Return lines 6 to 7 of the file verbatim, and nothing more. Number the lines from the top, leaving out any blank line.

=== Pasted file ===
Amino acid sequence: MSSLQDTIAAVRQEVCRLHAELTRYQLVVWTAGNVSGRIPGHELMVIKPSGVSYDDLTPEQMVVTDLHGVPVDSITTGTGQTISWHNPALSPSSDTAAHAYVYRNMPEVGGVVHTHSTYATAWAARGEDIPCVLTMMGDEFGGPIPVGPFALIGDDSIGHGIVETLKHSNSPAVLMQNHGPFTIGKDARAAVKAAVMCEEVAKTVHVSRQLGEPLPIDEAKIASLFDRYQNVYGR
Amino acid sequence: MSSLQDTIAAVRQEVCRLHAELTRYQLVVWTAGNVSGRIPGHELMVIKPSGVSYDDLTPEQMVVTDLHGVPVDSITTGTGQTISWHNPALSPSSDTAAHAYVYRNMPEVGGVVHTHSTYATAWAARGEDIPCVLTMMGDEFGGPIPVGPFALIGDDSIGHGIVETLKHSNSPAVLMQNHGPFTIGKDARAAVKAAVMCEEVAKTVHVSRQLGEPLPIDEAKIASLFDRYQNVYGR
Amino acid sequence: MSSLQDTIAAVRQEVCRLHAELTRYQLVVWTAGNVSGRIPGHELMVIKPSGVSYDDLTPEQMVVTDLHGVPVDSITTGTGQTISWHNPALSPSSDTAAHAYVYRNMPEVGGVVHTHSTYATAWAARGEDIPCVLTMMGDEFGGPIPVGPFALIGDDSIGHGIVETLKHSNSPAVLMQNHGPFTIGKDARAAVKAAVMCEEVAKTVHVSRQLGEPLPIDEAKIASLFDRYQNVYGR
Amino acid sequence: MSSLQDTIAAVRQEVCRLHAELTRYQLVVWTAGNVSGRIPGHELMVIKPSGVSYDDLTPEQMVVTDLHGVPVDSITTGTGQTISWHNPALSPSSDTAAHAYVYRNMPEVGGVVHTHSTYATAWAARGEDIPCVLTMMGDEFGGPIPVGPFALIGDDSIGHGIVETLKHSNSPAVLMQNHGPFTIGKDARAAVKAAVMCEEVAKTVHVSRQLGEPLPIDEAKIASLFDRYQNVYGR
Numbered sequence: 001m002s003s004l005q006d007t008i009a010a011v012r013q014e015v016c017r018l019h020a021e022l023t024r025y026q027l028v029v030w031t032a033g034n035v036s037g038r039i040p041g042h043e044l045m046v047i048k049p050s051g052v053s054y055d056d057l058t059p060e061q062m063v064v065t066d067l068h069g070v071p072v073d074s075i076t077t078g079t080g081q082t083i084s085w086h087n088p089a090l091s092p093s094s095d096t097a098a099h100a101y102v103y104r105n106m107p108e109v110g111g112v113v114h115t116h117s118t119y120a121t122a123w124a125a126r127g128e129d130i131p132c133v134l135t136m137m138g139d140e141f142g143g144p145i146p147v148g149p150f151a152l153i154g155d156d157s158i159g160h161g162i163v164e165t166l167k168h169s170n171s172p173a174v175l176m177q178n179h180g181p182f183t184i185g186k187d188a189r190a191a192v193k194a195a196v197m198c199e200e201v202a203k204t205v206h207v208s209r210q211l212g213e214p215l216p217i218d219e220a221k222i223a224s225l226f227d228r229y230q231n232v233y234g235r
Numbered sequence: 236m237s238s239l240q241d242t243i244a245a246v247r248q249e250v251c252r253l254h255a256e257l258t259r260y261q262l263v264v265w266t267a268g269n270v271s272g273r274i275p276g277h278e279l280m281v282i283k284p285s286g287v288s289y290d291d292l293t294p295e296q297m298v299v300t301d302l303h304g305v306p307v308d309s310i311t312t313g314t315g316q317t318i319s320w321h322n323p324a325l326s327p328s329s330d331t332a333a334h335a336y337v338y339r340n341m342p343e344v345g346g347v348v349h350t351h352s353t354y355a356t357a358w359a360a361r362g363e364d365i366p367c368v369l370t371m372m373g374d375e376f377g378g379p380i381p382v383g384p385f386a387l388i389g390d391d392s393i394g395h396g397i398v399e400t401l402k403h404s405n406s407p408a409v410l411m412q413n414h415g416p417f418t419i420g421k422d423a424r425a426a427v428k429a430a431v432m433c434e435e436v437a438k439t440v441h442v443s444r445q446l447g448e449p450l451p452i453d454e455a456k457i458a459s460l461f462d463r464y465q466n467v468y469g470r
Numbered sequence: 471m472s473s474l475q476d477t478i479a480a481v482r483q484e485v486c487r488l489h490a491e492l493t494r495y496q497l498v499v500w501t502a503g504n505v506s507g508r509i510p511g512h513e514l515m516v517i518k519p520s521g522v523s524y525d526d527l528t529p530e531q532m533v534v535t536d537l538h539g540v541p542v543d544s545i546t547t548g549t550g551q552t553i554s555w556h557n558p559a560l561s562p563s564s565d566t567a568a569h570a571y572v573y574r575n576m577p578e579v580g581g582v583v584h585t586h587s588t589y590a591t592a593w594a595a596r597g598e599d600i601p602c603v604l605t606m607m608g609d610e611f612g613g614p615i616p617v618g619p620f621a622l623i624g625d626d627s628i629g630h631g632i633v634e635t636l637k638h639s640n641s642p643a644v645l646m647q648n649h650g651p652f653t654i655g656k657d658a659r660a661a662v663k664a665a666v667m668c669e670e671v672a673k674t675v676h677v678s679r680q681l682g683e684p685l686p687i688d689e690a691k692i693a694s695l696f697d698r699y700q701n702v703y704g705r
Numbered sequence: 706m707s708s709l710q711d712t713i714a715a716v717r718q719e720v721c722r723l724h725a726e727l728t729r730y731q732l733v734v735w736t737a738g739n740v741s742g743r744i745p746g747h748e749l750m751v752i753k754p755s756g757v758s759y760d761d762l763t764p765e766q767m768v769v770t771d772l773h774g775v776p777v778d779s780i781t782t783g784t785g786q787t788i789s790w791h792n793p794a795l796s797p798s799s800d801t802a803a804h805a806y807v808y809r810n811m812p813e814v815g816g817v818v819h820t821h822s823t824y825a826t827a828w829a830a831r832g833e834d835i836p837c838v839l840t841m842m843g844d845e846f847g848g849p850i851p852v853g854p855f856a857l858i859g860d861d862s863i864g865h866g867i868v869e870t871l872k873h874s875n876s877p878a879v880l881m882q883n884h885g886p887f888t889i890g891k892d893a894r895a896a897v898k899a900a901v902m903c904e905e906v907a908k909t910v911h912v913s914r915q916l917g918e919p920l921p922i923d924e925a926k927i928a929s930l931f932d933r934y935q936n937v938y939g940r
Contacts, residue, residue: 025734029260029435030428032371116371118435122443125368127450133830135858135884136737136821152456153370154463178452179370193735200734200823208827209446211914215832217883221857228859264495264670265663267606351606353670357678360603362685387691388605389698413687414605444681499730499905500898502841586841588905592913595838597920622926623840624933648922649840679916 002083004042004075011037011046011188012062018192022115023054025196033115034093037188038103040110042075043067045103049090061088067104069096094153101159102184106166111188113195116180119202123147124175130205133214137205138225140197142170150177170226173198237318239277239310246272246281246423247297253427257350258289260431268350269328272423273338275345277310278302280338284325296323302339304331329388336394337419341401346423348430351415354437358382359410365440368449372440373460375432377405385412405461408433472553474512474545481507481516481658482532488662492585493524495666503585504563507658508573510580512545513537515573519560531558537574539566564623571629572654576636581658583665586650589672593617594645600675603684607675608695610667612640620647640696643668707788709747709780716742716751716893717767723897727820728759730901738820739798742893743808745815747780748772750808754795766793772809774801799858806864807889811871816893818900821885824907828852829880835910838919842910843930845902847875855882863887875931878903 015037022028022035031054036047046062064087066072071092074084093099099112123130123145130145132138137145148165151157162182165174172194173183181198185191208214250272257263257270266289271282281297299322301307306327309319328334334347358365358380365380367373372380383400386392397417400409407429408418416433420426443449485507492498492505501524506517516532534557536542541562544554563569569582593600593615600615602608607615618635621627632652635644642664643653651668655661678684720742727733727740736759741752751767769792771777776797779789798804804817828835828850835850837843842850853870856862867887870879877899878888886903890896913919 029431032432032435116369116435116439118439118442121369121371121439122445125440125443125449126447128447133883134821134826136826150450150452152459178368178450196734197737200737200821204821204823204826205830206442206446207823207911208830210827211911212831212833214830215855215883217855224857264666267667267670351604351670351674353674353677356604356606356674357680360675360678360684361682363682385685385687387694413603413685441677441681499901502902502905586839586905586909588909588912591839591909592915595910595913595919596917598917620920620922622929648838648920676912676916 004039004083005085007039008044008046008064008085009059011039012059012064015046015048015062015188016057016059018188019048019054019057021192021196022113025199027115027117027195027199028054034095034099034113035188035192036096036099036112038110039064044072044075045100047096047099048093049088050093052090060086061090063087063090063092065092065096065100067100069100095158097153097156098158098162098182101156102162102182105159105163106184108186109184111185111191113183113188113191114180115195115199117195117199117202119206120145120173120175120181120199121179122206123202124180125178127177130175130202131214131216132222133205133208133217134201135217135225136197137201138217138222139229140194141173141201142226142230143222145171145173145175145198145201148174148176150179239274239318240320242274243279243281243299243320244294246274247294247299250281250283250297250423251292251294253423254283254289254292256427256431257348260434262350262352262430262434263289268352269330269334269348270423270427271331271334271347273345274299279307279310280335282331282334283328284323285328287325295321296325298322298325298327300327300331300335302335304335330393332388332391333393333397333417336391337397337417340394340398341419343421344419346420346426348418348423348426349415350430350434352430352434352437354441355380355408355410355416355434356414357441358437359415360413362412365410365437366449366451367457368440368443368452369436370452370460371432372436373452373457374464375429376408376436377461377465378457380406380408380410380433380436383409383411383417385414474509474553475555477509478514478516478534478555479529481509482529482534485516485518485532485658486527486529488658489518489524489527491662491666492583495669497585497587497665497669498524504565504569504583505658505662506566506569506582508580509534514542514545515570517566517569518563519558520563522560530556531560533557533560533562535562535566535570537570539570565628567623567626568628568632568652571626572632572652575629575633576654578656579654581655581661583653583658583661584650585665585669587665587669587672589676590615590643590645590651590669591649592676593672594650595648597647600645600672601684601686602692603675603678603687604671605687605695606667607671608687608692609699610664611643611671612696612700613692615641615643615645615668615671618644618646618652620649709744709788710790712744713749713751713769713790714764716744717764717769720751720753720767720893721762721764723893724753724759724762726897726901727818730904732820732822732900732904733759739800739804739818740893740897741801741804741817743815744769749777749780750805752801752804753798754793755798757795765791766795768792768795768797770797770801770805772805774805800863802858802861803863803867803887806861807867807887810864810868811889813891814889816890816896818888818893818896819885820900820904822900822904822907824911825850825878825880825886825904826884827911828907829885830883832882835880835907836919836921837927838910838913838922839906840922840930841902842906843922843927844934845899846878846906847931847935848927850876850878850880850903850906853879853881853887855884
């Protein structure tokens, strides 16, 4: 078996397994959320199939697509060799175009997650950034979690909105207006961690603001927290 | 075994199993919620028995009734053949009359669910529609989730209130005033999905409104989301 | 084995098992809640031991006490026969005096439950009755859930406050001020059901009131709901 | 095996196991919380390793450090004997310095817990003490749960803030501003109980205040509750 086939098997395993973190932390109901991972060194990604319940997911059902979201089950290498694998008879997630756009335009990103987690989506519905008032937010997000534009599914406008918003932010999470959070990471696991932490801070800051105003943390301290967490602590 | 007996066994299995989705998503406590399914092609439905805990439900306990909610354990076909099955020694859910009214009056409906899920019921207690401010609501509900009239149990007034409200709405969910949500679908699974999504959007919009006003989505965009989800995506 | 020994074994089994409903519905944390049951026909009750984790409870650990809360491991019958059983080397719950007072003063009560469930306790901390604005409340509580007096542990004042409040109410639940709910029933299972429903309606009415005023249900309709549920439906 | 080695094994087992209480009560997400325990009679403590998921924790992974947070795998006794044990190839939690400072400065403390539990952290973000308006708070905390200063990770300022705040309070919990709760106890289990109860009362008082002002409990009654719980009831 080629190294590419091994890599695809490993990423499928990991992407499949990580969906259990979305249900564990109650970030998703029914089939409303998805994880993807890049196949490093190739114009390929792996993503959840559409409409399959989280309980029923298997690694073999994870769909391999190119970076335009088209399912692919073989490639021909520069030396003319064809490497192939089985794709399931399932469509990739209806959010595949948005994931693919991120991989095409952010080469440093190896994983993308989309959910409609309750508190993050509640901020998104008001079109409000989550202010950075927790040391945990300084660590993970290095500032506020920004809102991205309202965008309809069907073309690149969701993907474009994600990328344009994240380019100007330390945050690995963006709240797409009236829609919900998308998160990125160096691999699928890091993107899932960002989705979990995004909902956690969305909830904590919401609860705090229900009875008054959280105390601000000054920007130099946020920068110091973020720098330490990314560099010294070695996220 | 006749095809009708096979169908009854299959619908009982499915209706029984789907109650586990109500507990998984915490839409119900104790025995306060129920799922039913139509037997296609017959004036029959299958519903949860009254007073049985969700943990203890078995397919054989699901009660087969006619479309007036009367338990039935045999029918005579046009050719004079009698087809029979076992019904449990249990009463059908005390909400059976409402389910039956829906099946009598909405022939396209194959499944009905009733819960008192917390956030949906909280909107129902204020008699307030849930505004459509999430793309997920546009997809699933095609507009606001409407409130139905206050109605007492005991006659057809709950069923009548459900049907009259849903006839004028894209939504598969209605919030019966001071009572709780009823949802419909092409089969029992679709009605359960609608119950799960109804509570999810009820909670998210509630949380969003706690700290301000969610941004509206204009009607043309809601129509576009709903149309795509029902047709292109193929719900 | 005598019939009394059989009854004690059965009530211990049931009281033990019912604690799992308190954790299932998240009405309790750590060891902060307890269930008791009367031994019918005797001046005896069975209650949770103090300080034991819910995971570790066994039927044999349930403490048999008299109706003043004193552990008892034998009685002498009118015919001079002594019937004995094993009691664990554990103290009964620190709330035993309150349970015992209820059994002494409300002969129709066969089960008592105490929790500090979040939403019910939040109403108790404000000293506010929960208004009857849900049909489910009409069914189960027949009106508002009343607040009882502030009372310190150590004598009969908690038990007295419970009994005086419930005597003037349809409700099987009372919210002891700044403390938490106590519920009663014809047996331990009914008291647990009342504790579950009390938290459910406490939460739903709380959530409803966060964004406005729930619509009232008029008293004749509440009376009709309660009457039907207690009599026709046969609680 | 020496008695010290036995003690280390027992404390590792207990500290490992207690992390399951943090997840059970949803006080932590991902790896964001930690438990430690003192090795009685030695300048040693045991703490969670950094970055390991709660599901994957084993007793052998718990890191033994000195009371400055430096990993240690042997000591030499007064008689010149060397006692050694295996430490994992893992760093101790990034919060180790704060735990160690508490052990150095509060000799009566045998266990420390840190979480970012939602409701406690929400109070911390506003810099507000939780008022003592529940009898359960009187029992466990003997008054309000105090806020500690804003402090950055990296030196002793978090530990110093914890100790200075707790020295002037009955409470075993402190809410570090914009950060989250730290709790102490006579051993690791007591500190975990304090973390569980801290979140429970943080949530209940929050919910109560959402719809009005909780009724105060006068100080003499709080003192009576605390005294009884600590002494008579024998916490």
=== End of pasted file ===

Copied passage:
Numbered sequence: 236m237s238s239l240q241d242t243i244a245a246v247r248q249e250v251c252r253l254h255a256e257l258t259r260y261q262l263v264v265w266t267a268g269n270v271s272g273r274i275p276g277h278e279l280m281v282i283k284p285s286g287v288s289y290d291d292l293t294p295e296q297m298v299v300t301d302l303h304g305v306p307v308d309s310i311t312t313g314t315g316q317t318i319s320w321h322n323p324a325l326s327p328s329s330d331t332a333a334h335a336y337v338y339r340n341m342p343e344v345g346g347v348v349h350t351h352s353t354y355a356t357a358w359a360a361r362g363e364d365i366p367c368v369l370t371m372m373g374d375e376f377g378g379p380i381p382v383g384p385f386a387l388i389g390d391d392s393i394g395h396g397i398v399e400t401l402k403h404s405n406s407p408a409v410l411m412q413n414h415g416p417f418t419i420g421k422d423a424r425a426a427v428k429a430a431v432m433c434e435e436v437a438k439t440v441h442v443s444r445q446l447g448e449p450l451p452i453d454e455a456k457i458a459s460l461f462d463r464y465q466n467v468y469g470r
Numbered sequence: 471m472s473s474l475q476d477t478i479a480a481v482r483q484e485v486c487r488l489h490a491e492l493t494r495y496q497l498v499v500w501t502a503g504n505v506s507g508r509i510p511g512h513e514l515m516v517i518k519p520s521g522v523s524y525d526d527l528t529p530e531q532m533v534v535t536d537l538h539g540v541p542v543d544s545i546t547t548g549t550g551q552t553i554s555w556h557n558p559a560l561s562p563s564s565d566t567a568a569h570a571y572v573y574r575n576m577p578e579v580g581g582v583v584h585t586h587s588t589y590a591t592a593w594a595a596r597g598e599d600i601p602c603v604l605t606m607m608g609d610e611f612g613g614p615i616p617v618g619p620f621a622l623i624g625d626d627s628i629g630h631g632i633v634e635t636l637k638h639s640n641s642p643a644v645l646m647q648n649h650g651p652f653t654i655g656k657d658a659r660a661a662v663k664a665a666v667m668c669e670e671v672a673k674t675v676h677v678s679r680q681l682g683e684p685l686p687i688d689e690a691k692i693a694s695l696f697d698r699y700q701n702v703y704g705r